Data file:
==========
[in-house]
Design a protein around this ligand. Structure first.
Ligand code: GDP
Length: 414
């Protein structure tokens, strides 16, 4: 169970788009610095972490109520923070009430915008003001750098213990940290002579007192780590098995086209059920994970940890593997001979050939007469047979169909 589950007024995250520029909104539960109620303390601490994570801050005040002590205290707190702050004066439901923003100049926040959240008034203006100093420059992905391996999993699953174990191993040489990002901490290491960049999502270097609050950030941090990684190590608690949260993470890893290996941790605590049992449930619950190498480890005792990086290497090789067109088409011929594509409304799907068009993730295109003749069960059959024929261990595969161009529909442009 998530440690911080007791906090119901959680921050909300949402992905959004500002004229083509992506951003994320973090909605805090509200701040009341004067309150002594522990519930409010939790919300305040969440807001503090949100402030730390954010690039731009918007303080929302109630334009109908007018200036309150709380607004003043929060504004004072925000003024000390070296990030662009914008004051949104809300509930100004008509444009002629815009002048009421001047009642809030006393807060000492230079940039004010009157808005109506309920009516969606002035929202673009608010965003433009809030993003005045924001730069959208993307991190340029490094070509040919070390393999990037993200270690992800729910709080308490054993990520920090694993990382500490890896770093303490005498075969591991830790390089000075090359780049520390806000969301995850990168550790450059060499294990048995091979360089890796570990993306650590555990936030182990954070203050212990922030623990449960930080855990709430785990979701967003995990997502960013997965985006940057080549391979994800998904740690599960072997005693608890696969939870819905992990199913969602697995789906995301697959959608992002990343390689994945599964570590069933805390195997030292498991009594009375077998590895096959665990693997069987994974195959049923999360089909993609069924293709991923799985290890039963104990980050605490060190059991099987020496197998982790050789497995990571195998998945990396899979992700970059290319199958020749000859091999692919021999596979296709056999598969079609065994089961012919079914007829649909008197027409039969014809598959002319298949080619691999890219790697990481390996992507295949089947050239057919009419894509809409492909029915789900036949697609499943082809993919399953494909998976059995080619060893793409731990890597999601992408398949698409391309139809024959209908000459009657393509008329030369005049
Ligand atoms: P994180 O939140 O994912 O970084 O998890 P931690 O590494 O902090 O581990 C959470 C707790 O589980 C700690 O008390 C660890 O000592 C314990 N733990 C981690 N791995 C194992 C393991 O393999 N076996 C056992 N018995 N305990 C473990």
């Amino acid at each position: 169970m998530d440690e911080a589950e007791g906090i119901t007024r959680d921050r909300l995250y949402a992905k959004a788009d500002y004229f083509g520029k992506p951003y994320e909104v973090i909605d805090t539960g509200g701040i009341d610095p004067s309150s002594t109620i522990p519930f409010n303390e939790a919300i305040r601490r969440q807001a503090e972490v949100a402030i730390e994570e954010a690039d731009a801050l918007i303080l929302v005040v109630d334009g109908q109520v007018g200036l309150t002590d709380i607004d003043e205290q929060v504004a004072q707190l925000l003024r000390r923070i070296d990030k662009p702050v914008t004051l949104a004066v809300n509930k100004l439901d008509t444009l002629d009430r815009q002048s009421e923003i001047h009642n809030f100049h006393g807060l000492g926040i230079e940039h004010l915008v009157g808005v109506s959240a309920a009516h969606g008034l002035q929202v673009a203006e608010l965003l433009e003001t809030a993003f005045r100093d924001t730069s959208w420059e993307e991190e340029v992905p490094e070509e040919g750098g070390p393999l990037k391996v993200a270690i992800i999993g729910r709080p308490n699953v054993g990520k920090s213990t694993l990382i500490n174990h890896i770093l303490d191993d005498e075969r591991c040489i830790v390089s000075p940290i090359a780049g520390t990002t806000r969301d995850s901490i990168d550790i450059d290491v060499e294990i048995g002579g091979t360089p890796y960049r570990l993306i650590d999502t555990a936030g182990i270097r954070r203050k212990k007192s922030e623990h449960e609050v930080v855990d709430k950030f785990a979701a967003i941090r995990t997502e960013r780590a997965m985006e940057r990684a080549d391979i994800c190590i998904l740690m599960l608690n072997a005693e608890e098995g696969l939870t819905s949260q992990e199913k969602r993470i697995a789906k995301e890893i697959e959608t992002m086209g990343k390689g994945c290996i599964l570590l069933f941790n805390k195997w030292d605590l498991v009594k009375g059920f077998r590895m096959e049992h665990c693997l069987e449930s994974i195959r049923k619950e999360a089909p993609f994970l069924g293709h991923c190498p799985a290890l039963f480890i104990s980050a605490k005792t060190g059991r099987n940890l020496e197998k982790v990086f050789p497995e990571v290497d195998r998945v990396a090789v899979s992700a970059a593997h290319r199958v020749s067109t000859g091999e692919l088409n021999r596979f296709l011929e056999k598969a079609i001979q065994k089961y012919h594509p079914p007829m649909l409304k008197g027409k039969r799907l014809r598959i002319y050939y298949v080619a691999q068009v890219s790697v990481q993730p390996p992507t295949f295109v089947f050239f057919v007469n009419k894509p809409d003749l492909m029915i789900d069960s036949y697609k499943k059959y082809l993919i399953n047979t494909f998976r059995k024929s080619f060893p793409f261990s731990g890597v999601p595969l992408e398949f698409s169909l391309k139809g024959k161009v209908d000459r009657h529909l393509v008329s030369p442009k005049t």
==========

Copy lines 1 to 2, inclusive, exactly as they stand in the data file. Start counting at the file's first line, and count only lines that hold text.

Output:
[in-house]
Design a protein around this ligand. Structure first.